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Nuclear waste hurts tourism

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I read Congressman Hansen's column published by the Deseret News on July 26 with heightened interest. Mr. Hansen bemoaned the fact that President Clinton vetoed a bill that would have required the state of Nevada to become the nation's trash receptacle for nuclear waste against the state's adamant objections.

Mr. Hansen claimed that the president's veto was an "election year flip-flop," when in reality, President Clinton has promised the state of Nevada since the 1996 presidential election that he would not sign any measure that required Nevada to permanently store nuclear waste, which he honored.

Yucca Mountain is far from being a safe site to locate a permanent nuclear waste repository. Yucca Mountain sits along a geologically active fault line and is only 75 miles away from the Las Vegas valley that is currently home to approximately 1.5 million people. Further compounding the problem is the fact that groundwater in the Yucca Mountain area eventually finds its way into Lake Mead.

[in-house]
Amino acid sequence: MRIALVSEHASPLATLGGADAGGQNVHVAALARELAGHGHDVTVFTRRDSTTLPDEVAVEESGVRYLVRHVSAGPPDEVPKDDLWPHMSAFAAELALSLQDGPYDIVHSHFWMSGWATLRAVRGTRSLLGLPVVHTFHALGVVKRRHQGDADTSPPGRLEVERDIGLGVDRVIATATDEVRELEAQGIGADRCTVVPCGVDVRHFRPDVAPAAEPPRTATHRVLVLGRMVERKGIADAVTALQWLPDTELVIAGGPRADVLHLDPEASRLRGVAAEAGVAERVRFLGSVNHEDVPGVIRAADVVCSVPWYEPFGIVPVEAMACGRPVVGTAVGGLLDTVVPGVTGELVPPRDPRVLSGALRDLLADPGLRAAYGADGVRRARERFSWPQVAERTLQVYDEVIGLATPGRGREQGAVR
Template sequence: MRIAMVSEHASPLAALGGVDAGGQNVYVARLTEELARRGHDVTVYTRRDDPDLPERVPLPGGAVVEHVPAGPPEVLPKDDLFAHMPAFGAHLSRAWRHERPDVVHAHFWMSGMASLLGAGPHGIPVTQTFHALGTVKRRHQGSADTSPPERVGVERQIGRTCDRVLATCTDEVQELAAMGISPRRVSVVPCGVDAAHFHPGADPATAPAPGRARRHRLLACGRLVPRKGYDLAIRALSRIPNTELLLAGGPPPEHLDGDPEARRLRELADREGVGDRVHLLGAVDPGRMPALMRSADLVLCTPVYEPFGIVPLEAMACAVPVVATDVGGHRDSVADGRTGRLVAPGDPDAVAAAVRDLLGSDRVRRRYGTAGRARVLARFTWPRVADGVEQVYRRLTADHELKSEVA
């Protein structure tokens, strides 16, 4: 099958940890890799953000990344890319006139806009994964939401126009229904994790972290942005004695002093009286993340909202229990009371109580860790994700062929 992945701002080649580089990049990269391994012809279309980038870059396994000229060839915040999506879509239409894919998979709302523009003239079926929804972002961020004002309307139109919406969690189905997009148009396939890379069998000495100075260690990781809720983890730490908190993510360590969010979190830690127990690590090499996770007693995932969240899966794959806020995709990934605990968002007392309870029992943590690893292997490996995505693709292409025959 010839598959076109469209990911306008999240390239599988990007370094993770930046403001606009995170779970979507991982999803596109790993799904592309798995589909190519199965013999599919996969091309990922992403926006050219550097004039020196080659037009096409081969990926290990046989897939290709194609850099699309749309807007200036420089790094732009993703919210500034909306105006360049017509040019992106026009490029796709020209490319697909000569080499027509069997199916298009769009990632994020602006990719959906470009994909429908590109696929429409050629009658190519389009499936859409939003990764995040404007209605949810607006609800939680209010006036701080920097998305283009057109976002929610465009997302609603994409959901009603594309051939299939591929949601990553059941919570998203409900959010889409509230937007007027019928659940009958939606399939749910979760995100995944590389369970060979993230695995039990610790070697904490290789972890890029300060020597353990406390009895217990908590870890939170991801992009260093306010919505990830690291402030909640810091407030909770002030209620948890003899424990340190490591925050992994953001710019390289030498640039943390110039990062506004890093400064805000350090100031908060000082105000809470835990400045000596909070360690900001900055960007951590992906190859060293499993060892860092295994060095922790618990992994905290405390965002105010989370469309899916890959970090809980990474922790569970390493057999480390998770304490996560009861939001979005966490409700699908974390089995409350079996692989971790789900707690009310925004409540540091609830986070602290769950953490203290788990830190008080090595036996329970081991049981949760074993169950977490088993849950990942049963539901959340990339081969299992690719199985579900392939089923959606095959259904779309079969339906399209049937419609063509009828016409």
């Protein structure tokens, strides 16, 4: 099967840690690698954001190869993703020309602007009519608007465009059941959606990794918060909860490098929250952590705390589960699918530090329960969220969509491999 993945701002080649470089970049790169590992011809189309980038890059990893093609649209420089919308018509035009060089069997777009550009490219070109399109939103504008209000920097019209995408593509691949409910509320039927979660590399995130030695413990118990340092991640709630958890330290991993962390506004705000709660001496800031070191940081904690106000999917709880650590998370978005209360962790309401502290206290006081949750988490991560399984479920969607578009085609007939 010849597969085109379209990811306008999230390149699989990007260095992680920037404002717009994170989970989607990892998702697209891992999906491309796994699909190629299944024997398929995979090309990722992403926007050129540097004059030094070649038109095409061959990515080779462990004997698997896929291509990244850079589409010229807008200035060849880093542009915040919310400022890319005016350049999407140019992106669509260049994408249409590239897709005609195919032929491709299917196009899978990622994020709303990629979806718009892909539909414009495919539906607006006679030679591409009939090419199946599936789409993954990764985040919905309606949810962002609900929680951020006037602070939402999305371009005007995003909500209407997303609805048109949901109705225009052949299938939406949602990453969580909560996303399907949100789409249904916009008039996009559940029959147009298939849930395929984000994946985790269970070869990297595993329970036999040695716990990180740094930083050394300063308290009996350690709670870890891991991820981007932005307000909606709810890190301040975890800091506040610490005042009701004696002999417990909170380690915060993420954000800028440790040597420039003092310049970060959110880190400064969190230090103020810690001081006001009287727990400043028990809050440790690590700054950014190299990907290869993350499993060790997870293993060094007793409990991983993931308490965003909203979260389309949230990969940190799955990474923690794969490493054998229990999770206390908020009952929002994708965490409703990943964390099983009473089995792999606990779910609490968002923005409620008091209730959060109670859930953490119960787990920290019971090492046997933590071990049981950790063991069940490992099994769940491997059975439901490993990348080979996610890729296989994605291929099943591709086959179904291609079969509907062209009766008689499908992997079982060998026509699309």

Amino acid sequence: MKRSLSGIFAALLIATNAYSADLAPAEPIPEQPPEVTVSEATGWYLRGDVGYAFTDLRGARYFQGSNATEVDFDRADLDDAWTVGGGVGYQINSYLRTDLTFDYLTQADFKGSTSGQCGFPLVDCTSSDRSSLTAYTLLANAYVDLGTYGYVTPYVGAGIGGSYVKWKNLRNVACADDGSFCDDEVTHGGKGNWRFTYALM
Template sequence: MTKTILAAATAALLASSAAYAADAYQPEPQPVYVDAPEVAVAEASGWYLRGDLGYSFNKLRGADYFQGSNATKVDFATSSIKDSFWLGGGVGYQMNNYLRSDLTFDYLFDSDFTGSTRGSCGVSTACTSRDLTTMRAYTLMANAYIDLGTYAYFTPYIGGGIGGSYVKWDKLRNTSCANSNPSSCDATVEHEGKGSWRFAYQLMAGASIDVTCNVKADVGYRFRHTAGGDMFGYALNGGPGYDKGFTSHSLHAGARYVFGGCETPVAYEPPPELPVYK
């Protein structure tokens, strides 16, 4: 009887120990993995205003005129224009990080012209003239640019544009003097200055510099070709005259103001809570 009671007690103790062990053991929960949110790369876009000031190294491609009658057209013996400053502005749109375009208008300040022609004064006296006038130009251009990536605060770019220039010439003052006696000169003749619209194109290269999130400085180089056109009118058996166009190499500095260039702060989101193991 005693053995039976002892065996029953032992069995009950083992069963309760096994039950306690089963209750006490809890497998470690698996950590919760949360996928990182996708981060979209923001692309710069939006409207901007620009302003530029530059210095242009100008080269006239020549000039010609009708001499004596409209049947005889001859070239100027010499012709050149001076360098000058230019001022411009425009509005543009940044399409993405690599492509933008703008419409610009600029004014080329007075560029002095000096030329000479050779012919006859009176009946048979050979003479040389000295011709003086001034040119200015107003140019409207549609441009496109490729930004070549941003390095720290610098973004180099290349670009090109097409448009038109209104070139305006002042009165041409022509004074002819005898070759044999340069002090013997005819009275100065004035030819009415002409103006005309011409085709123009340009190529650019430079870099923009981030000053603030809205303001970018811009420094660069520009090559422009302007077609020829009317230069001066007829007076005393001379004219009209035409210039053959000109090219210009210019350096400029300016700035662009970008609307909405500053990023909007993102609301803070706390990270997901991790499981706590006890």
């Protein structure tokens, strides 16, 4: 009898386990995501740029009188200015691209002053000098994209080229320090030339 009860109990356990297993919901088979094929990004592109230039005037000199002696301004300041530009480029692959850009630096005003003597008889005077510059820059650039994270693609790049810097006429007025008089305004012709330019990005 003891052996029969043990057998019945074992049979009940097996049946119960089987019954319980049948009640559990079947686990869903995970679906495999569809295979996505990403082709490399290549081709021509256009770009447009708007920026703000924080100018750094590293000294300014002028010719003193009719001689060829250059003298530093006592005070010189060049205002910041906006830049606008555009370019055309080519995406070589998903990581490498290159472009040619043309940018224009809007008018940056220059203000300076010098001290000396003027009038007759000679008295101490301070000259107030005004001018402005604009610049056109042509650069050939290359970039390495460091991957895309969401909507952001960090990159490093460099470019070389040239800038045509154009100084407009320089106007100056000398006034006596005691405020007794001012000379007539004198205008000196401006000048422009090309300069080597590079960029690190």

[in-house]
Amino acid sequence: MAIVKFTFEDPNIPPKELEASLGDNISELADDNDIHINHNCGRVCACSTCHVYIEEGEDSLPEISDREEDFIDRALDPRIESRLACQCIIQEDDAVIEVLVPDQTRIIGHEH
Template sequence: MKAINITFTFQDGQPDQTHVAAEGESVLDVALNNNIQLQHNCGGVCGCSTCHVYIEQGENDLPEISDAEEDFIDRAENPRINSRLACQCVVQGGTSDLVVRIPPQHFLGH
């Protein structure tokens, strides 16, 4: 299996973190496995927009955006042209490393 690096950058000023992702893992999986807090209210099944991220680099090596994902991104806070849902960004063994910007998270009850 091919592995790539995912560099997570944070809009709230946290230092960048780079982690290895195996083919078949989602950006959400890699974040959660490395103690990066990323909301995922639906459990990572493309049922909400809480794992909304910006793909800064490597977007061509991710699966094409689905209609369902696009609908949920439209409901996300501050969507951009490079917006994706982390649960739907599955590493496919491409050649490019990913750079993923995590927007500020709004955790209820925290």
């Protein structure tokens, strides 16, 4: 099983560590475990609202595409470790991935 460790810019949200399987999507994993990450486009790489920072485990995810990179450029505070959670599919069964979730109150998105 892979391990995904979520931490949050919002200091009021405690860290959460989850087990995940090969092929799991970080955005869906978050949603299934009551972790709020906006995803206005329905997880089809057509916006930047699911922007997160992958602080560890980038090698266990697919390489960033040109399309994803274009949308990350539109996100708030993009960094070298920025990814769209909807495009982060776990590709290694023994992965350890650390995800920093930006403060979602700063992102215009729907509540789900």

While I can appreciate Mr. Hansen's objection to nuclear waste being stored in Utah, he makes the same fundamental argument that Nevadans make. The storage of nuclear waste within Nevada's borders would be devastating to the state's economy, which relies almost entirely upon tourism. Also, the shipping of nuclear waste thousands of miles to Nevada via the nation's highways and railways creates a strong likelihood of accidents and a multitude of terroristic opportunity.

I strongly object to Mr. Hansen's snide reference to President Clinton's veto as a "gift to Nevada Sen. Harry Reid." Sen. Reid should be commended for his valiant efforts to protect Nevadans from the dangers of storing nuclear waste and for his fierce opposition to the nuclear power industry.

Steven Douglas Brown